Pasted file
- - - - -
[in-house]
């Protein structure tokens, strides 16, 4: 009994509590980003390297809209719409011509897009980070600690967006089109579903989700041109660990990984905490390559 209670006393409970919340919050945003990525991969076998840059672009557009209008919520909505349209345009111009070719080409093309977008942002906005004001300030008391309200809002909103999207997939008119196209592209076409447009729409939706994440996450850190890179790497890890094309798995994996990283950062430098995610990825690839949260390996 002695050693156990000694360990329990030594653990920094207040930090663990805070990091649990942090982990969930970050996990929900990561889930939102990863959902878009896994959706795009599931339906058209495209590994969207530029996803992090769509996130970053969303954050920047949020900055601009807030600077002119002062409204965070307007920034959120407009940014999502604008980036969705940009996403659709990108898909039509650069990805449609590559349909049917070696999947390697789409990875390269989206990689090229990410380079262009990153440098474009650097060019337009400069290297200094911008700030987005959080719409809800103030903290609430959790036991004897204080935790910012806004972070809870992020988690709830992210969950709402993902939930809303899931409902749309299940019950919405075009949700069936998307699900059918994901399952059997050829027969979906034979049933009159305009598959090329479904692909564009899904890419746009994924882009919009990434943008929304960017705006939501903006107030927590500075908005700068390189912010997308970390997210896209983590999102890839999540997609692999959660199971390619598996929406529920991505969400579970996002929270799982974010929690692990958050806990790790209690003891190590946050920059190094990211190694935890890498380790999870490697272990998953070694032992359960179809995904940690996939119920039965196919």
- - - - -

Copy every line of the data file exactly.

[in-house]
């Protein structure tokens, strides 16, 4: 009994509590980003390297809209719409011509897009980070600690967006089109579903989700041109660990990984905490390559 209670006393409970919340919050945003990525991969076998840059672009557009209008919520909505349209345009111009070719080409093309977008942002906005004001300030008391309200809002909103999207997939008119196209592209076409447009729409939706994440996450850190890179790497890890094309798995994996990283950062430098995610990825690839949260390996 002695050693156990000694360990329990030594653990920094207040930090663990805070990091649990942090982990969930970050996990929900990561889930939102990863959902878009896994959706795009599931339906058209495209590994969207530029996803992090769509996130970053969303954050920047949020900055601009807030600077002119002062409204965070307007920034959120407009940014999502604008980036969705940009996403659709990108898909039509650069990805449609590559349909049917070696999947390697789409990875390269989206990689090229990410380079262009990153440098474009650097060019337009400069290297200094911008700030987005959080719409809800103030903290609430959790036991004897204080935790910012806004972070809870992020988690709830992210969950709402993902939930809303899931409902749309299940019950919405075009949700069936998307699900059918994901399952059997050829027969979906034979049933009159305009598959090329479904692909564009899904890419746009994924882009919009990434943008929304960017705006939501903006107030927590500075908005700068390189912010997308970390997210896209983590999102890839999540997609692999959660199971390619598996929406529920991505969400579970996002929270799982974010929690692990958050806990790790209690003891190590946050920059190094990211190694935890890498380790999870490697272990998953070694032992359960179809995904940690996939119920039965196919």